valid digital signature to demonstrate that it possesses the
   corresponding private key.  Second, the server can be authenticated
   by demonstrating that it possesses a pre-shared key (PSK) that was
   established by a previous handshake.  A PSK that is established in
   this fashion is called a resumption PSK.  A PSK that is established
   by any other means is called an external PSK.  This document
   specifies a TLS 1.3 extension permitting certificate-based server
   authentication to be combined with either of these two types of PSK
   as an input to the TLS 1.3 key schedule.

2.  Terminology

   The key words "MUST", "MUST NOT", "REQUIRED", "SHALL", "SHALL NOT",
   "SHOULD", "SHOULD NOT", "RECOMMENDED", "NOT RECOMMENDED", "MAY", and
   "OPTIONAL" in this document are to be interpreted as described in BCP
   14 [RFC2119] [RFC8174] when, and only when, they appear in all
   capitals, as shown here.

3.  Motivation and Design Rationale

   The motivation for using a certificate with an external PSK is
   different than the motivation for using a certificate with a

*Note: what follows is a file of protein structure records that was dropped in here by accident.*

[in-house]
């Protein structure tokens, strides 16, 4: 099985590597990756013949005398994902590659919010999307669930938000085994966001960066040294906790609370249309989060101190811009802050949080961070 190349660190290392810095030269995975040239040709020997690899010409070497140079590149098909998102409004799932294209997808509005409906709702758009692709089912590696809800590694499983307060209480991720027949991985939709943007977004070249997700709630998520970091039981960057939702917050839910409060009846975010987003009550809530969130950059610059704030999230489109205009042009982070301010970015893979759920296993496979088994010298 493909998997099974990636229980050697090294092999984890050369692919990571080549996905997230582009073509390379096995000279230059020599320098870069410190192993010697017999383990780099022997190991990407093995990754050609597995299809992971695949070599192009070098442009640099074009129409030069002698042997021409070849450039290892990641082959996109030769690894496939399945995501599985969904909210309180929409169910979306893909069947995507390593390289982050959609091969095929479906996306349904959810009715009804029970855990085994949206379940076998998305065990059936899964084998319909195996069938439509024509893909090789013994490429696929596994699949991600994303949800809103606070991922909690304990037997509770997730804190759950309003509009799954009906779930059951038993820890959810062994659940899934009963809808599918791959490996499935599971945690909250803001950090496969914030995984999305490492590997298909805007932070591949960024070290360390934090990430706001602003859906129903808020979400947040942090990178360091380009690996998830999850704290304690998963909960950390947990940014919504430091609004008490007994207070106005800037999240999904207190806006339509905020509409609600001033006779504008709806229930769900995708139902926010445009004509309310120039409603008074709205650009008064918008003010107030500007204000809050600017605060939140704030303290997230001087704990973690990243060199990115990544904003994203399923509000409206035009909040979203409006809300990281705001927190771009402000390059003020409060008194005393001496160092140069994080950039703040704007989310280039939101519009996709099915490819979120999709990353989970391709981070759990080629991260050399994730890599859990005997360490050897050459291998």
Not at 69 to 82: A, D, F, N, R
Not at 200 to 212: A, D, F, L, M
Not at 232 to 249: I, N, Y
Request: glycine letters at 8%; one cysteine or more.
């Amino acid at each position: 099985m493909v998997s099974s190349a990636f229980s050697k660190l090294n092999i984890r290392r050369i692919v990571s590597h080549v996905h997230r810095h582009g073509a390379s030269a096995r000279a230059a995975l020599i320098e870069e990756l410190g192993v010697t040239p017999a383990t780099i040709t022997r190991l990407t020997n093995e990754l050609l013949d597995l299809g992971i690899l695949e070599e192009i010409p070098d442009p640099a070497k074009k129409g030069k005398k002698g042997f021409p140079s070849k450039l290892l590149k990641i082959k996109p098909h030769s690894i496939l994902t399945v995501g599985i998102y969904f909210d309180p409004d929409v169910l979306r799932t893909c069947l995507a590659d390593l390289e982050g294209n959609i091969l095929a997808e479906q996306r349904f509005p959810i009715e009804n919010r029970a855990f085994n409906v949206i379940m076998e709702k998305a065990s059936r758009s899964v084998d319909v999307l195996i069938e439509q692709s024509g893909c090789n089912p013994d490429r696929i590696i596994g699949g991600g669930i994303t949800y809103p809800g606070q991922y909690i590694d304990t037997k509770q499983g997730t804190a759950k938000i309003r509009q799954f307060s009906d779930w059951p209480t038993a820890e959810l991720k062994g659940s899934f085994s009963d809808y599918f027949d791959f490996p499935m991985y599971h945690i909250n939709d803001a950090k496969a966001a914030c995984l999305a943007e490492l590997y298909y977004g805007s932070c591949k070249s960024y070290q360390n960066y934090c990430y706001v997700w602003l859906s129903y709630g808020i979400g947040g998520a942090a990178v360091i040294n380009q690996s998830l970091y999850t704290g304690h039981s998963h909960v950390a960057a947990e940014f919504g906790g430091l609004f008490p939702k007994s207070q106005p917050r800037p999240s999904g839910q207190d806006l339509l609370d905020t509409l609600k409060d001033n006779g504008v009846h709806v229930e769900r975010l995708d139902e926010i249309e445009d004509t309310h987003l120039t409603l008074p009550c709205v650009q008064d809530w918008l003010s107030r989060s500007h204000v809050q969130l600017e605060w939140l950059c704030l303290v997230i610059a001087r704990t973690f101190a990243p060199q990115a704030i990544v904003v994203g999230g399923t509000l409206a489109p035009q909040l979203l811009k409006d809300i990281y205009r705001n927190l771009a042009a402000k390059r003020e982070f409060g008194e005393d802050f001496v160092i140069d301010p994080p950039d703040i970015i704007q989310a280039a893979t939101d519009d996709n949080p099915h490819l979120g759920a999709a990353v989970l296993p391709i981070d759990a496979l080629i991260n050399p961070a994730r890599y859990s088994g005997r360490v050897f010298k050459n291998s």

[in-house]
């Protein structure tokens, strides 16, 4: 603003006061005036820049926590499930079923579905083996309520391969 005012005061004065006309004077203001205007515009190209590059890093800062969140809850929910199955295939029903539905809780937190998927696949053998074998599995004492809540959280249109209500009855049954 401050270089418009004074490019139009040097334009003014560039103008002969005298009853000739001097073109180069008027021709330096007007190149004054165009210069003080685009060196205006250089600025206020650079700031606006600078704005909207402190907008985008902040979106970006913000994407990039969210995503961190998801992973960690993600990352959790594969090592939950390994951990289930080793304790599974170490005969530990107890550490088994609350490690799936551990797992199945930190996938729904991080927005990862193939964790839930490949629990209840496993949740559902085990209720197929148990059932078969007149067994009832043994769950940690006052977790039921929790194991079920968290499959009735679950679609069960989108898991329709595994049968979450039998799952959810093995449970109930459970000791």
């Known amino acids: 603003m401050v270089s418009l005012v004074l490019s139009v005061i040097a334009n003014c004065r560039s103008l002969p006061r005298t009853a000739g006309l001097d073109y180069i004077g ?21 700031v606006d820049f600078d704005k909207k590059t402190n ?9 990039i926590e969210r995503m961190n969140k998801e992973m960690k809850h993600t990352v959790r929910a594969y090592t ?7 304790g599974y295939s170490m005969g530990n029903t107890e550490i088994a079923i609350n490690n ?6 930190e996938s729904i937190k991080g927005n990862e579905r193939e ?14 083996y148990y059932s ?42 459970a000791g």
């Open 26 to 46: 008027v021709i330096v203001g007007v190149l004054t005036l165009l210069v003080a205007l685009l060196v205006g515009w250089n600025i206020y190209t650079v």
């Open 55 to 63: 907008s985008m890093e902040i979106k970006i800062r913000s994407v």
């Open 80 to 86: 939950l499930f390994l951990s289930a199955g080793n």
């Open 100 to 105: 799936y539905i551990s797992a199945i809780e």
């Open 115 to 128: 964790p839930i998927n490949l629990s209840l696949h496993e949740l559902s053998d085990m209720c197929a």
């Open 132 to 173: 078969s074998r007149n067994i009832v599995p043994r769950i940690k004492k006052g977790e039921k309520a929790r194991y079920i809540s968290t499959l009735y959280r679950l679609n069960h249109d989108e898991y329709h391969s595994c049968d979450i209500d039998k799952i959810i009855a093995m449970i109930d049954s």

resumption PSK.

3.1.  Certificate With External PSK

   The invention of a large-scale quantum computer would pose a serious
   challenge for the cryptographic algorithms that are widely deployed
   today, including the digital signature algorithms that are used to
   authenticate the server in the TLS 1.3 handshake protocol and key
   agreement algorithm used to establish a pairwise shared secret
   between the client and server.  It is an open question whether or not
   it is feasible to build a large-scale quantum computer, and if so,
   when that might happen.  However, if such a quantum computer is
   invented, many of the cryptographic algorithms and the security
   protocols that use them would become vulnerable.

   The TLS 1.3 handshake protocol employs key agreement algorithms that
   could be broken by the invention of a large-scale quantum computer